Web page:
Tuesday, June 21, 2016

Guide: Agile Leadership (1) - Grow, don't exploit

The first part in this agile leadership series is the question: "How do I get the most out of my employees?" The answer is simple: Grow them. Here are five anti-patterns for managing in an agile environment, including ways to improve your behaviour.

Do you grow those who work for you?

Focus on existing capability

A tester is a tester and will always be a tester? No! People were not born tester and probably did not get a degree in testing. Someone made them be a tester.
Like they learned testing in the past, they can learn new things today and tomorrow. Of course, "tester" is just a placeholder for any kind of role you have in mind for a person.
Find out which challenges your staff would like to tackle and then provide the opportunity!

Expecting sacrifice

Your organization has goals, and you want motivate people to reach these goals together with you. You can't rely on people to always have the same goals like your company does. When people set back their own personal goals in order to advance your goals, there better be something in it for them. In cases where you can't naturally align them, at least make sure that there is a sound relationship between your company goals, employees accomplishing them - and rewards for personal sacrifice!

Taking mastery for granted

People like to master skills, but they still want to get something out of that. You can't expect a developer to become an expert in lots of engineering practices and still work for junior level pay. In a world where the War for Talent is fully engaged, you want to make sure that people don't have to worry about paying their rent, otherwise they will leave. When people develop new skills, especially when they master an extremely rare talent, keep the pay up to date.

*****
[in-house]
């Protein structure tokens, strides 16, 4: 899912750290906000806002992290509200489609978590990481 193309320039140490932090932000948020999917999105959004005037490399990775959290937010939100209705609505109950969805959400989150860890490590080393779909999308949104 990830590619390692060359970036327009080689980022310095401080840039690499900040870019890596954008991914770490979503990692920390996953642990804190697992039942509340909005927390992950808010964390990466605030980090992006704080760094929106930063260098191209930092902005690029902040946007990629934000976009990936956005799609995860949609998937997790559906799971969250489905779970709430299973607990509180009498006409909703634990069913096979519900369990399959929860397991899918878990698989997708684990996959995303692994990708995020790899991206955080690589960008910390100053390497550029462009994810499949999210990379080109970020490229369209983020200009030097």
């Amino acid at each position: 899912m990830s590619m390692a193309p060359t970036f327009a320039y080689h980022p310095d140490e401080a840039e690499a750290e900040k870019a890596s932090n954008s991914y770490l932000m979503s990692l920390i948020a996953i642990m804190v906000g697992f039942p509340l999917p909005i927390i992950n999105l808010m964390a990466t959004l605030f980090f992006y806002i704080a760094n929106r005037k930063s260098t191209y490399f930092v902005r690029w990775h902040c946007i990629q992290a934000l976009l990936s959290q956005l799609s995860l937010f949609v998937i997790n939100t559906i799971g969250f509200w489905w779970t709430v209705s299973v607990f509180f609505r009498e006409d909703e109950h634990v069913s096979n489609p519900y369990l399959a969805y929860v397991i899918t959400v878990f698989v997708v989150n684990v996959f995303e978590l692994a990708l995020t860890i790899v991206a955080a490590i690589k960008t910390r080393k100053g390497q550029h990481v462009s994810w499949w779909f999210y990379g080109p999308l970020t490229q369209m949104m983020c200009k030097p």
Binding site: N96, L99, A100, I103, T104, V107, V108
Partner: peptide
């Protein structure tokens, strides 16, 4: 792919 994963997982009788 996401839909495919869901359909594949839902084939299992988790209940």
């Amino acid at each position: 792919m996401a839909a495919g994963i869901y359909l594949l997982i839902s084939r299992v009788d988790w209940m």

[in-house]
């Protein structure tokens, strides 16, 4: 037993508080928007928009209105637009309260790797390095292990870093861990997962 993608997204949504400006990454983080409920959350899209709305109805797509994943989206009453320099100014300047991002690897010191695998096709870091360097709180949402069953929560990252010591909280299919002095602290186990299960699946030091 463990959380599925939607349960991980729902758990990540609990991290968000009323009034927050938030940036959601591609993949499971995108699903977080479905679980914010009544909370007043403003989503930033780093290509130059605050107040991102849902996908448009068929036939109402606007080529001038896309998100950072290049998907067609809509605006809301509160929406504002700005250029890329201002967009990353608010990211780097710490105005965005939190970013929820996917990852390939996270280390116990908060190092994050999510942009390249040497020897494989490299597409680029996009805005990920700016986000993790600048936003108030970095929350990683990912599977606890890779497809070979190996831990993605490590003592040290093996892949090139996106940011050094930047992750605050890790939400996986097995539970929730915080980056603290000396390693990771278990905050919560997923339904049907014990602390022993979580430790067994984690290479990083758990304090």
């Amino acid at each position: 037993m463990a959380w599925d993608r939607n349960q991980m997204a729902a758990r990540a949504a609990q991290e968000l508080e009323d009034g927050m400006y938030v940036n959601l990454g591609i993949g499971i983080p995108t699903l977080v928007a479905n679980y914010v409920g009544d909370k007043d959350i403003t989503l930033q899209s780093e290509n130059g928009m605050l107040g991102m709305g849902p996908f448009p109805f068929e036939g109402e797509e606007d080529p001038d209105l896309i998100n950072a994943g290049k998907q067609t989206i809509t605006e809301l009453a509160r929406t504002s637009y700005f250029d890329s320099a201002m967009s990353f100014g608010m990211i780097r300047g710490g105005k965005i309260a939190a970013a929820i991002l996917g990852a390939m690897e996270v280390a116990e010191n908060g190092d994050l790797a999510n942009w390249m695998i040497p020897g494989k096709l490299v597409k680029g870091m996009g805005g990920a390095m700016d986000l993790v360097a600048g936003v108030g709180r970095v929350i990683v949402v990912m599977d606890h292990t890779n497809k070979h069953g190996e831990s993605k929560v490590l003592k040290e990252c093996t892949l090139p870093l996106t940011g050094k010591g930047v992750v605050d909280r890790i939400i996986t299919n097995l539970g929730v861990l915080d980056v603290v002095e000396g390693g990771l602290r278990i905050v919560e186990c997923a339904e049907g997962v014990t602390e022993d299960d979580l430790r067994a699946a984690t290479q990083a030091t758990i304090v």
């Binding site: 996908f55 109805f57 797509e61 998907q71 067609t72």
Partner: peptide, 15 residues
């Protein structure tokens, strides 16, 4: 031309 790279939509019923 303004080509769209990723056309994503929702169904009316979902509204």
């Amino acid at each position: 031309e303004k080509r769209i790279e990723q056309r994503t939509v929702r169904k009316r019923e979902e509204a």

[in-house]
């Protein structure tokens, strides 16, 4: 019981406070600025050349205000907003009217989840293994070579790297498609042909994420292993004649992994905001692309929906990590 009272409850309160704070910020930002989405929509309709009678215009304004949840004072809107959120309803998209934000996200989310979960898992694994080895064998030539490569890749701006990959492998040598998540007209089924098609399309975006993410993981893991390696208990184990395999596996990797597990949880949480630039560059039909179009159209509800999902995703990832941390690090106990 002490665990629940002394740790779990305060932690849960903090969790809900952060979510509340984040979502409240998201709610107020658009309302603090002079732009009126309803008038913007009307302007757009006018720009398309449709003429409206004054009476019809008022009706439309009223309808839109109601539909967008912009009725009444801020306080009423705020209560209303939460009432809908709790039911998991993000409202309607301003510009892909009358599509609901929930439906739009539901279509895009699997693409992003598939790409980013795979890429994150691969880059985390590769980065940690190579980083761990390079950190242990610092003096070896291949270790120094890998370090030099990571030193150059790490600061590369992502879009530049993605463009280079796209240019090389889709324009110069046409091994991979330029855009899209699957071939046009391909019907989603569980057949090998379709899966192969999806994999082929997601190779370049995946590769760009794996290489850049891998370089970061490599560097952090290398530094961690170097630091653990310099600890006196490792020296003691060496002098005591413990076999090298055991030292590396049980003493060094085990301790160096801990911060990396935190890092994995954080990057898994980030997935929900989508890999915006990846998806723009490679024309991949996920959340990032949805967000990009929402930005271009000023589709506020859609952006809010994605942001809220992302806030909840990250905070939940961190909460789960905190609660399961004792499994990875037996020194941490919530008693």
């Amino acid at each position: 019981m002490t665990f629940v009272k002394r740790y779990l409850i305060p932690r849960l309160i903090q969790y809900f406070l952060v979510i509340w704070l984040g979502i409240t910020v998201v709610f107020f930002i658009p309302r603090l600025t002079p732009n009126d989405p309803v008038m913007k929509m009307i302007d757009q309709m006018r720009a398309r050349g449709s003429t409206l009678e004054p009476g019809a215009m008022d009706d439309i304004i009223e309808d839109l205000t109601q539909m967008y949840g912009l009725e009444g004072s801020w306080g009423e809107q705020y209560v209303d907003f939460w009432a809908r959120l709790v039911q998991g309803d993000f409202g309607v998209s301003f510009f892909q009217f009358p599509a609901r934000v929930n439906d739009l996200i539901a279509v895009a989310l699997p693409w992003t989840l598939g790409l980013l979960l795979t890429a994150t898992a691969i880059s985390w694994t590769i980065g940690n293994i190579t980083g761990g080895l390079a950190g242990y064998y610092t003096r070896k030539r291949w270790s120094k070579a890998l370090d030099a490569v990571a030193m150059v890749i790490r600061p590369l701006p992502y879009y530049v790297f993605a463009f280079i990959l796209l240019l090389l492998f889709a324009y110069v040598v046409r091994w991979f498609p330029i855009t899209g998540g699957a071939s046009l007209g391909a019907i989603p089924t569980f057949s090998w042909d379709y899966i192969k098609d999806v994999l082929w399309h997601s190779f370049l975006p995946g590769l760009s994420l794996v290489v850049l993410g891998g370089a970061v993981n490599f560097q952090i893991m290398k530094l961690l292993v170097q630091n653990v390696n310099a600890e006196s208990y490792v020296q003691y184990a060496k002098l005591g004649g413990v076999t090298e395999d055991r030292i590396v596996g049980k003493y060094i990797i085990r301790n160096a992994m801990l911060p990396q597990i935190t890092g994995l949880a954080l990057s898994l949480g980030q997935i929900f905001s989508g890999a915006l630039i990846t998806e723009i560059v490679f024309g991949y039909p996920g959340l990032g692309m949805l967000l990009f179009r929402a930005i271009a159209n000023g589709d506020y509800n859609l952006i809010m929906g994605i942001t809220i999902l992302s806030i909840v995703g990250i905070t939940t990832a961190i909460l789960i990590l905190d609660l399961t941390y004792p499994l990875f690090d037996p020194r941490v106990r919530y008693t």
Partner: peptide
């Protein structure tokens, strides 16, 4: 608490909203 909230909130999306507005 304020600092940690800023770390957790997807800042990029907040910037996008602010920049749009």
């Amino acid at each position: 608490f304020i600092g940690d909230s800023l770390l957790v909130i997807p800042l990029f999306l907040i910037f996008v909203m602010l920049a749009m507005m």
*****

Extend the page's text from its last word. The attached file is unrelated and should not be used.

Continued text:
Taking undue advantage

Just because people have mastered a skill does not mean they lose the autonomy to do what they like. For example, just because your quality expert has mastered TDD does not mean that they want to abandon whatever they are doing and become a professional TDD trainer. This one will backfire most sorely when you exploit people's abilities without considering the impact on the purpose of their work.
When people achieve mastery in an area, make sure they feel it is appreciated and valuable, not a drag or pressure.

Being generous at their expense

When you think that employees have signed a contract which legally forces them to invest their life for the company, think again. In the era of Knowledge Work and Talent Shortage, it's the other way around: You have managed to acquire a desparately needed talent to voluntarily dedicate a portion of their time to your company, and you better use that opportunity well! Expecting your employees to invest overtime, inconvenient commutes or even their hard earned money for your purposes is thebest way to sustainably repel talent,
Honour your employees' voluntary commitment to your company. Find the best possible ways that they feel their resources are well invested. Never make unreasonable demands. When people go beyond contractual limits, always make sure that it's appreciated.


Exploiting your employees will negatively impact these three dimensions, reducing the effectiveness of your company and ultimately resulting in disgruntled employees who will have no alternative to leaving.
Growing your employees will positively affect all of the dimensions Autonomy, Mastery and Purpose, resulting in highly motivated employees who will do their best to advance your business.

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